The dangers of hypoxia (oxygen deficiency): Study findings suggest that poor blood oxygenation is linked to an increased risk of heart problems in older men

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(Natural News) A new study published in the European Heart Journal revealed that older men who experience extended episodes of interrupted breathing while asleep were more likely to develop heart disease. In the study, it was suggested that poor blood oxygenation can indicate a heart-related death.

In the study, researchers analyzed the patterns of low blood oxygenation during sleep and the relation to heart-related deaths in 2,840 men in their 70s and early 80s. The study was led by Associate Professor Dominik Linz and Associate Professor Mathias Baumert of the University of Adelaide’s Medical School and School of Electrical and Electronic Engineering.

Normally, a healthy person has a 95 to 100 percent saturation during the day. This slightly declines during sleep because of shallower breathing. However, when a person has an oxygen saturation below 90 percent, it is considered low resulting in hypoxia where oxygen flow to the body is restricted.

The results showed that when the men had 12 or more minutes of sleep at low oxygen saturation below 90 percent, their risk of heart-related death increased by 59 percent. Moreover, Baumert explained that about 20 percent of the time that oxygen saturation was lower than 90 percent could not be attributed to episodic declines traditionally associated with sleep-disordered breathing or sleep apnea.

Sleep apnea is a condition in which a person experiences pauses in breathing five to 30 times every hour or more during sleep. As a result, the sleeper wakes up as he or she gasps for air, preventing restful sleep. It is also associated with high blood pressure, arrhythmia, stroke, and heart failure. It is a common problem and affects one in five adults.

The findings indicated that poor blood oxygenation during sleep is an indicator of heart-related death in older men. These also suggested that reduced blood oxygenation cannot be attributed to episodic drops in oxygen alone. Linz said that understanding the underlying causes of low oxygen saturation during sleep is vital in helping to prevent deaths. Screening for and treatment of risk factors aside from sleep-disordered breathing and obesity may also help reduce nocturnal hypoxia in people.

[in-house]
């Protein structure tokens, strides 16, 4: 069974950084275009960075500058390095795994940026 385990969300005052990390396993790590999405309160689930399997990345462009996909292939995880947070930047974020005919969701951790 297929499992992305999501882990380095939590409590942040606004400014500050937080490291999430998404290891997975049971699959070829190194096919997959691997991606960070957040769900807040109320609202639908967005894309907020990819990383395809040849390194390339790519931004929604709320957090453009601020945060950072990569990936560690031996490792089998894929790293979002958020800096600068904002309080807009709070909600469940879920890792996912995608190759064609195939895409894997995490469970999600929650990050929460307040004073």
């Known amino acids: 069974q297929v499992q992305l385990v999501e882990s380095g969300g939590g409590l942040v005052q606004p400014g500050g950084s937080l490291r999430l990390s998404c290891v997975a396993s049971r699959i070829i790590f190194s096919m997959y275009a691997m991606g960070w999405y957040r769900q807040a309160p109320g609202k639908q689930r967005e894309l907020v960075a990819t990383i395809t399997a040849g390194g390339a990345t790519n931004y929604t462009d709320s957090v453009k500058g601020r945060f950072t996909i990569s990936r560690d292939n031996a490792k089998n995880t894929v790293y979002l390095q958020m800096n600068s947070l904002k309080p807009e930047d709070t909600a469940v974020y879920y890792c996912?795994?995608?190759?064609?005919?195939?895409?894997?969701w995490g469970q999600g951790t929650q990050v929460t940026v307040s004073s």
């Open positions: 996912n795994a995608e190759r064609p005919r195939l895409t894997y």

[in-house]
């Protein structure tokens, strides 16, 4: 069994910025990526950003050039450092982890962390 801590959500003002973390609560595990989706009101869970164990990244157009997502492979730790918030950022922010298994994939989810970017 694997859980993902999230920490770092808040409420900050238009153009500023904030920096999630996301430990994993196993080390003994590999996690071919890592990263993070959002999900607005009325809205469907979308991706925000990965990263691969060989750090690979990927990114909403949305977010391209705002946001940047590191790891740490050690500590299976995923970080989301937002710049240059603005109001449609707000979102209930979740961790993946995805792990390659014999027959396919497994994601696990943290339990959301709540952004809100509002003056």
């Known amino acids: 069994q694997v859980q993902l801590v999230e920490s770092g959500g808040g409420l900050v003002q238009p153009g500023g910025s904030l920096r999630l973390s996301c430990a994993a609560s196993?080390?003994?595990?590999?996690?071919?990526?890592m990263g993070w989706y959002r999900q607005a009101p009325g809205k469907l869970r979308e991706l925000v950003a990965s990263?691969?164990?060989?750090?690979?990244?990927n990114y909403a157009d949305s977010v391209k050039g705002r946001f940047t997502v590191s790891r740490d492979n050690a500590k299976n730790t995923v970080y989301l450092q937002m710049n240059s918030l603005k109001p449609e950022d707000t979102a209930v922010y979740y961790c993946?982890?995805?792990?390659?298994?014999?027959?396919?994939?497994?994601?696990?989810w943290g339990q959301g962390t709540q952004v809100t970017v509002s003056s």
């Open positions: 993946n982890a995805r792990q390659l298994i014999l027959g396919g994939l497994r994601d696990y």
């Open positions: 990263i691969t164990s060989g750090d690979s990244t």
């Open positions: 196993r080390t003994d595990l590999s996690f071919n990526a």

More on hypoxia

Hypoxia is defined as the deprivation of oxygen to the brain. There are four main causes of hypoxia: No blood supply to the brain; insufficient blood supply to the brain; no oxygen in the blood; and insufficient oxygen in the blood.

Injuries and illnesses can also cause hypoxia. These include allergies, allergic reactions that lead to anaphylactic shock, carbon monoxide poisoning, choking, heart attack or stroke, hyperventilation, severe cases of asthma, smoke inhalation, strangulation or smothering, traveling to high altitudes, and very low blood pressure. (Related: Living high, but feeling low? Study says that living in high-altitude areas increases your risk of depression.)

People experiencing hypoxia may feel like they cannot breathe, find it hard to catch their breath, or experience a rapid heart rate as the heart beats faster as an attempt to supply the brain with blood. Less severe oxygen deprivation can cause subtler and more gradual symptoms. In addition, some people who experience hypoxia may lose their ability to talk.

For more information on the link between poor sleep and death caused by heart disease, visit

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